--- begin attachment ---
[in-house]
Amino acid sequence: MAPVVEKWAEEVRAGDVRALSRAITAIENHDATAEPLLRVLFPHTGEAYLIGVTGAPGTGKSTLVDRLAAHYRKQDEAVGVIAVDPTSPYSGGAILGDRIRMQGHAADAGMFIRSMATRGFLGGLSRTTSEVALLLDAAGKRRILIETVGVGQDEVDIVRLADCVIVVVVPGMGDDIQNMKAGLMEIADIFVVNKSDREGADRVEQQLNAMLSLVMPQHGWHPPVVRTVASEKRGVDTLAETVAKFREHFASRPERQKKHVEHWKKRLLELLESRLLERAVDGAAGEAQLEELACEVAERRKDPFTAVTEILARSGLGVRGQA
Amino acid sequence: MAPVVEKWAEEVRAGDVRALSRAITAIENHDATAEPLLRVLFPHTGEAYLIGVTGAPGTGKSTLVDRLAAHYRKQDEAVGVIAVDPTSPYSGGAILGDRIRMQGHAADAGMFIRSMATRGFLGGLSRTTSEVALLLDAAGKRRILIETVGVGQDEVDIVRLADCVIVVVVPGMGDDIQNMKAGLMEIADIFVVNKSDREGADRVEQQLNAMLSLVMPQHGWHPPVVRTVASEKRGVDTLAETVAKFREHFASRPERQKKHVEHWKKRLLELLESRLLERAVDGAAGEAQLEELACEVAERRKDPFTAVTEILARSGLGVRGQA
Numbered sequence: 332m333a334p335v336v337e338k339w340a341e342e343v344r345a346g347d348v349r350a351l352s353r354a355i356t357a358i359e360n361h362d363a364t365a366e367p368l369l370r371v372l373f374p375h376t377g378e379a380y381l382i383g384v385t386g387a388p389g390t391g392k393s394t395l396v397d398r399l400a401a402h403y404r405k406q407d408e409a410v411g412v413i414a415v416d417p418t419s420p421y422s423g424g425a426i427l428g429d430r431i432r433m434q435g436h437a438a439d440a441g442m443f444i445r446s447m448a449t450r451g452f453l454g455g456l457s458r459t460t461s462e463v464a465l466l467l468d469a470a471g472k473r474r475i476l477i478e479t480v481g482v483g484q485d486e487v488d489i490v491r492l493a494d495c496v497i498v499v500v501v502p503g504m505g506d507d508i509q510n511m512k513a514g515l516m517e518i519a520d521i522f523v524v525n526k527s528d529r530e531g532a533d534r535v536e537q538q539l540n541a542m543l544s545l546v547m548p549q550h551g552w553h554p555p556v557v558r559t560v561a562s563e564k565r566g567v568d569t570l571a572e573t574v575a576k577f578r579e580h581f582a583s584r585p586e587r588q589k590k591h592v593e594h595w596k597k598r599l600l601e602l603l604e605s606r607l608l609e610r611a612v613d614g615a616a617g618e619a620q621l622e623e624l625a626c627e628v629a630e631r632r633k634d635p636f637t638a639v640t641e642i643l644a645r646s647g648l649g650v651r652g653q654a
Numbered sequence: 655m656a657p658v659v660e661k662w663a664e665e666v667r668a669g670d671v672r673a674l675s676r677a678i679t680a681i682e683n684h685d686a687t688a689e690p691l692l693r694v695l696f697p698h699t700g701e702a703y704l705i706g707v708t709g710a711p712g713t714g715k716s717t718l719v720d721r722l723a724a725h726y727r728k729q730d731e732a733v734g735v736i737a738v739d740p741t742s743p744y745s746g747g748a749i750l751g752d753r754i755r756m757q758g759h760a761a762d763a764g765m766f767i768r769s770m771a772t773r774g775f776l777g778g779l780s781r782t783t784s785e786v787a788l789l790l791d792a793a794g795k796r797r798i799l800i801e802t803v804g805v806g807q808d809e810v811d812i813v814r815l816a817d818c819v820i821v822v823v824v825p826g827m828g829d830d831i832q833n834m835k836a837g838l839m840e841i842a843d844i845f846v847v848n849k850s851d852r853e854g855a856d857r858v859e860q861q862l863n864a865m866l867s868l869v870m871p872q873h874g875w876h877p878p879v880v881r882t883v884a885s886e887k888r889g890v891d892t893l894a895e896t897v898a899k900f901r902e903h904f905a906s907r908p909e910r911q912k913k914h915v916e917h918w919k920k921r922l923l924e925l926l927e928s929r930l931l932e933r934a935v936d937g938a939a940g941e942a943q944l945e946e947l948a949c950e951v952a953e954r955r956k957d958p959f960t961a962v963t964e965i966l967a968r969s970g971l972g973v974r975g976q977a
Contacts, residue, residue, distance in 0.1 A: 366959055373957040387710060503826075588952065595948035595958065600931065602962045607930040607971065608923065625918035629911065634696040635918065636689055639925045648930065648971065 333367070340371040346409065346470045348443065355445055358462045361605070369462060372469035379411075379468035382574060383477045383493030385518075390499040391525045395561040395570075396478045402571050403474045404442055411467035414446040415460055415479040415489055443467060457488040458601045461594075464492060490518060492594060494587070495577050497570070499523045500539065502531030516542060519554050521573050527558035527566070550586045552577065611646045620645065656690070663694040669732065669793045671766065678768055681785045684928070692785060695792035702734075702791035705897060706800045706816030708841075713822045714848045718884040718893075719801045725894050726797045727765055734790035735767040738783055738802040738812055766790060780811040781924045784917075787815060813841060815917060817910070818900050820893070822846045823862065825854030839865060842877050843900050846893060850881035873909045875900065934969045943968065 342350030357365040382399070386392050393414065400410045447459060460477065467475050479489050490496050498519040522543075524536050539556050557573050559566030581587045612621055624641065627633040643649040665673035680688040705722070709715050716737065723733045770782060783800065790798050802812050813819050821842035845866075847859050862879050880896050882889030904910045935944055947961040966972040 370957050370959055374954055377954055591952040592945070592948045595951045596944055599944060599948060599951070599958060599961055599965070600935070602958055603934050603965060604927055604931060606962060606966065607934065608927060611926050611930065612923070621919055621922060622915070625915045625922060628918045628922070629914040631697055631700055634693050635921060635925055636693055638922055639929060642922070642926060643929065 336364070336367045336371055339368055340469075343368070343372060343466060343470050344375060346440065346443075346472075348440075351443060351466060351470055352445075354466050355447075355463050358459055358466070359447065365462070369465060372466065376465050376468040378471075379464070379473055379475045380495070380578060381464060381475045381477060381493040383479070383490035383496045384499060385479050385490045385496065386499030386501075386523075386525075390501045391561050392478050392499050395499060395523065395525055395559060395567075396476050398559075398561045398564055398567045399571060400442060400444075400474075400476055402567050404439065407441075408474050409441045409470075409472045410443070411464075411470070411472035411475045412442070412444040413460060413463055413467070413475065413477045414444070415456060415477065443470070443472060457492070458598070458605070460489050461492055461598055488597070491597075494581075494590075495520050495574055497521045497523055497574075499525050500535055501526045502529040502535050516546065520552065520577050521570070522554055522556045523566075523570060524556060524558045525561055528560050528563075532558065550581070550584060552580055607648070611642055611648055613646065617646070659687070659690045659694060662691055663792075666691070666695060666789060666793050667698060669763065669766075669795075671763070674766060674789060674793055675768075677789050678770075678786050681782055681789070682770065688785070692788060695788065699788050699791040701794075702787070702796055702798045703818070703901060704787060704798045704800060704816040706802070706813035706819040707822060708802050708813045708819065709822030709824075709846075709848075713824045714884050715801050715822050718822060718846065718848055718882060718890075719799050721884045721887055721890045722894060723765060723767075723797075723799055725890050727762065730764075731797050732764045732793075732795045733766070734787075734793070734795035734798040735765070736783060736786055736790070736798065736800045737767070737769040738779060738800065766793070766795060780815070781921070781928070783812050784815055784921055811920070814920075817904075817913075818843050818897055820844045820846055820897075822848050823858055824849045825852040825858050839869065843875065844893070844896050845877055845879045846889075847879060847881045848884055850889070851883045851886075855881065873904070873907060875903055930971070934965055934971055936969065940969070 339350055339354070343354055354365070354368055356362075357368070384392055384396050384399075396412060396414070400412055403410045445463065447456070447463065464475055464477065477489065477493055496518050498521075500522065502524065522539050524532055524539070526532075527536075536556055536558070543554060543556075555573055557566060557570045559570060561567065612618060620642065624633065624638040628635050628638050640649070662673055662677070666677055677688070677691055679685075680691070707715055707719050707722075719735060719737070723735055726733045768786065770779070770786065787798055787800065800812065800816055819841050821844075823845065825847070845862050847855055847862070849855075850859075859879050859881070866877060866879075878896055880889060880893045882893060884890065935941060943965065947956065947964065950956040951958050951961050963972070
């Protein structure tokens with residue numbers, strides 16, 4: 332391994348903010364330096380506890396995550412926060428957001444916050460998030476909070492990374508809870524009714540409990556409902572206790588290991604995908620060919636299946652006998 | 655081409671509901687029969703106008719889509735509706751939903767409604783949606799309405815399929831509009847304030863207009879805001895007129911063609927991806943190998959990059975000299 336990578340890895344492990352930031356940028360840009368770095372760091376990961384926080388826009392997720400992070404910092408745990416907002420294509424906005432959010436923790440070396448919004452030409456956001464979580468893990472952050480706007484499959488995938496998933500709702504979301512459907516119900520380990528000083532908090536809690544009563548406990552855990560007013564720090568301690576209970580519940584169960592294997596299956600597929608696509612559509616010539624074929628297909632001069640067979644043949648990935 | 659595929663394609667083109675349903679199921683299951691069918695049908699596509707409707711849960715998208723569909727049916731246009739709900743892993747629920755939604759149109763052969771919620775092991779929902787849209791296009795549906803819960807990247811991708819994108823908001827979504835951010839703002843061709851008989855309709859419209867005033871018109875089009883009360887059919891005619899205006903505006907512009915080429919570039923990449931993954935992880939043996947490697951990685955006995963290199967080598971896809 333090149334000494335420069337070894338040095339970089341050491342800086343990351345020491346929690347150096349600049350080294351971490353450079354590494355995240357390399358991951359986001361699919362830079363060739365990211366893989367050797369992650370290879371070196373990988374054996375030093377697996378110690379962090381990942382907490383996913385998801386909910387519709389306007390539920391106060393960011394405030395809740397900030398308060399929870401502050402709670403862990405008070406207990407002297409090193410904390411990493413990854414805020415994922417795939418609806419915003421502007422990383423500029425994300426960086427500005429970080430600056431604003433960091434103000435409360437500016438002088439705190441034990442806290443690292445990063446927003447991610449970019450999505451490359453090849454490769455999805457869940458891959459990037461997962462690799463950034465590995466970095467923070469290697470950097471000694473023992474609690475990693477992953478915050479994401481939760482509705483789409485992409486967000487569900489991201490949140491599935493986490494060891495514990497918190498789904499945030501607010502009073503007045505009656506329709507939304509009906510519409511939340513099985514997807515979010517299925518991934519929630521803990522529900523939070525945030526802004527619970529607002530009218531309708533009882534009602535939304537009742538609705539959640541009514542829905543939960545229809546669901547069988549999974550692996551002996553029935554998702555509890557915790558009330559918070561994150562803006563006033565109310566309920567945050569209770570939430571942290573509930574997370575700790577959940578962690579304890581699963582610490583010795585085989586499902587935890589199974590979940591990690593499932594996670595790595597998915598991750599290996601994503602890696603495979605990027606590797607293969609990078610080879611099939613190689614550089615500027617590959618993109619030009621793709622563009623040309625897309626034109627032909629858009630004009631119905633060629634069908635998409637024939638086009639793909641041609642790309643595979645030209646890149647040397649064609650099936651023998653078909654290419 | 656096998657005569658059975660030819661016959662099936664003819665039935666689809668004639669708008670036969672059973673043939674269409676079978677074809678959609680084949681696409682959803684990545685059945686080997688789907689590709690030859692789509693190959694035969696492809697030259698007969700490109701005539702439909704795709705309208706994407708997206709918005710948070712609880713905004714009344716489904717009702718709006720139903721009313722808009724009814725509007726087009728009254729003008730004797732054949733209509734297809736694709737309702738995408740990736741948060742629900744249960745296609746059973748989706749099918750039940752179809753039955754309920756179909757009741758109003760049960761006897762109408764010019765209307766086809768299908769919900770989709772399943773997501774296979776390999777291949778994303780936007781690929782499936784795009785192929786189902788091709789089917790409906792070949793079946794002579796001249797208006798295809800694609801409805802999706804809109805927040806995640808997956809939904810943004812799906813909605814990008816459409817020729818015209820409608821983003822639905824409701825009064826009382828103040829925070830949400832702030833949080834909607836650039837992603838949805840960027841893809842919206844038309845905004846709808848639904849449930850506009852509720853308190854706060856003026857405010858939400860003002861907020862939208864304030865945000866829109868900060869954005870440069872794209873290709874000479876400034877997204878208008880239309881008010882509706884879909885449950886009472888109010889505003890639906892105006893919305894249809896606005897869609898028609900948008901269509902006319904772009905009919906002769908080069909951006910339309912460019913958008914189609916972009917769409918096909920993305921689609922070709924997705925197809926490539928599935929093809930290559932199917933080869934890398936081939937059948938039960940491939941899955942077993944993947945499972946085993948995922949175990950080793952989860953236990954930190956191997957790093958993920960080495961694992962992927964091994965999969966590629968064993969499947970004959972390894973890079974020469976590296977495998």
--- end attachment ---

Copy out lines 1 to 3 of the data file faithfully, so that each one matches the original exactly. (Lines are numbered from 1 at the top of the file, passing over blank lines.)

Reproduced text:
[in-house]
Amino acid sequence: MAPVVEKWAEEVRAGDVRALSRAITAIENHDATAEPLLRVLFPHTGEAYLIGVTGAPGTGKSTLVDRLAAHYRKQDEAVGVIAVDPTSPYSGGAILGDRIRMQGHAADAGMFIRSMATRGFLGGLSRTTSEVALLLDAAGKRRILIETVGVGQDEVDIVRLADCVIVVVVPGMGDDIQNMKAGLMEIADIFVVNKSDREGADRVEQQLNAMLSLVMPQHGWHPPVVRTVASEKRGVDTLAETVAKFREHFASRPERQKKHVEHWKKRLLELLESRLLERAVDGAAGEAQLEELACEVAERRKDPFTAVTEILARSGLGVRGQA
Amino acid sequence: MAPVVEKWAEEVRAGDVRALSRAITAIENHDATAEPLLRVLFPHTGEAYLIGVTGAPGTGKSTLVDRLAAHYRKQDEAVGVIAVDPTSPYSGGAILGDRIRMQGHAADAGMFIRSMATRGFLGGLSRTTSEVALLLDAAGKRRILIETVGVGQDEVDIVRLADCVIVVVVPGMGDDIQNMKAGLMEIADIFVVNKSDREGADRVEQQLNAMLSLVMPQHGWHPPVVRTVASEKRGVDTLAETVAKFREHFASRPERQKKHVEHWKKRLLELLESRLLERAVDGAAGEAQLEELACEVAERRKDPFTAVTEILARSGLGVRGQA